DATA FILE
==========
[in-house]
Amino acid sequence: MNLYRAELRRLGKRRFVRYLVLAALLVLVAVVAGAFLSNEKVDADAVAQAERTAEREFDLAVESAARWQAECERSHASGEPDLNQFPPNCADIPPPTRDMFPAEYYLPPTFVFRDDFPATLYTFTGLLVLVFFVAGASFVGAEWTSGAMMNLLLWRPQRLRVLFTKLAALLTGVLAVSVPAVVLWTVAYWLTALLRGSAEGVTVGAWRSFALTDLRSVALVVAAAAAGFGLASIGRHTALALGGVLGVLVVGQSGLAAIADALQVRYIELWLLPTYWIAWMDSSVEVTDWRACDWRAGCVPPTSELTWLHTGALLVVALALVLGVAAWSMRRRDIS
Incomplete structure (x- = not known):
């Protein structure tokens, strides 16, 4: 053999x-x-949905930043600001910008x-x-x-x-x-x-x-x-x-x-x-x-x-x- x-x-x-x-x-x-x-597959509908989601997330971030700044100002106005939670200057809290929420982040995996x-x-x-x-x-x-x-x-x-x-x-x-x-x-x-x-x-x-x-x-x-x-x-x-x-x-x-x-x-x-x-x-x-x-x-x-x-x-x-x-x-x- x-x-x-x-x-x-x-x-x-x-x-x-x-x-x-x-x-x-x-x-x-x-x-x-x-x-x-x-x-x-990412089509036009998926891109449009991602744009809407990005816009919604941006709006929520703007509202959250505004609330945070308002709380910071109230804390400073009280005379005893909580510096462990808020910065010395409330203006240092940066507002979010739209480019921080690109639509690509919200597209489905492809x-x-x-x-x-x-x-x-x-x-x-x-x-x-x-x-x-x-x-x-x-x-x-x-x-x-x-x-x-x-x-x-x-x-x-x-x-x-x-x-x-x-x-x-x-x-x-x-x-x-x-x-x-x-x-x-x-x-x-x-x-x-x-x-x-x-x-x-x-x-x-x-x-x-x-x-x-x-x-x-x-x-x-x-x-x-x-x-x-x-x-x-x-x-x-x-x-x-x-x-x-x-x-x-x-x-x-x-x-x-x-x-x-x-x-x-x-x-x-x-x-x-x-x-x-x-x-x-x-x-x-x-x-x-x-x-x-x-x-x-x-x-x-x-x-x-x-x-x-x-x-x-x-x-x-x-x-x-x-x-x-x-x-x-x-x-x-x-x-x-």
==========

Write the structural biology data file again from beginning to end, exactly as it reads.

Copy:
[in-house]
Amino acid sequence: MNLYRAELRRLGKRRFVRYLVLAALLVLVAVVAGAFLSNEKVDADAVAQAERTAEREFDLAVESAARWQAECERSHASGEPDLNQFPPNCADIPPPTRDMFPAEYYLPPTFVFRDDFPATLYTFTGLLVLVFFVAGASFVGAEWTSGAMMNLLLWRPQRLRVLFTKLAALLTGVLAVSVPAVVLWTVAYWLTALLRGSAEGVTVGAWRSFALTDLRSVALVVAAAAAGFGLASIGRHTALALGGVLGVLVVGQSGLAAIADALQVRYIELWLLPTYWIAWMDSSVEVTDWRACDWRAGCVPPTSELTWLHTGALLVVALALVLGVAAWSMRRRDIS
Incomplete structure (x- = not known):
């Protein structure tokens, strides 16, 4: 053999x-x-949905930043600001910008x-x-x-x-x-x-x-x-x-x-x-x-x-x- x-x-x-x-x-x-x-597959509908989601997330971030700044100002106005939670200057809290929420982040995996x-x-x-x-x-x-x-x-x-x-x-x-x-x-x-x-x-x-x-x-x-x-x-x-x-x-x-x-x-x-x-x-x-x-x-x-x-x-x-x-x-x- x-x-x-x-x-x-x-x-x-x-x-x-x-x-x-x-x-x-x-x-x-x-x-x-x-x-x-x-x-x-990412089509036009998926891109449009991602744009809407990005816009919604941006709006929520703007509202959250505004609330945070308002709380910071109230804390400073009280005379005893909580510096462990808020910065010395409330203006240092940066507002979010739209480019921080690109639509690509919200597209489905492809x-x-x-x-x-x-x-x-x-x-x-x-x-x-x-x-x-x-x-x-x-x-x-x-x-x-x-x-x-x-x-x-x-x-x-x-x-x-x-x-x-x-x-x-x-x-x-x-x-x-x-x-x-x-x-x-x-x-x-x-x-x-x-x-x-x-x-x-x-x-x-x-x-x-x-x-x-x-x-x-x-x-x-x-x-x-x-x-x-x-x-x-x-x-x-x-x-x-x-x-x-x-x-x-x-x-x-x-x-x-x-x-x-x-x-x-x-x-x-x-x-x-x-x-x-x-x-x-x-x-x-x-x-x-x-x-x-x-x-x-x-x-x-x-x-x-x-x-x-x-x-x-x-x-x-x-x-x-x-x-x-x-x-x-x-x-x-x-x-x-």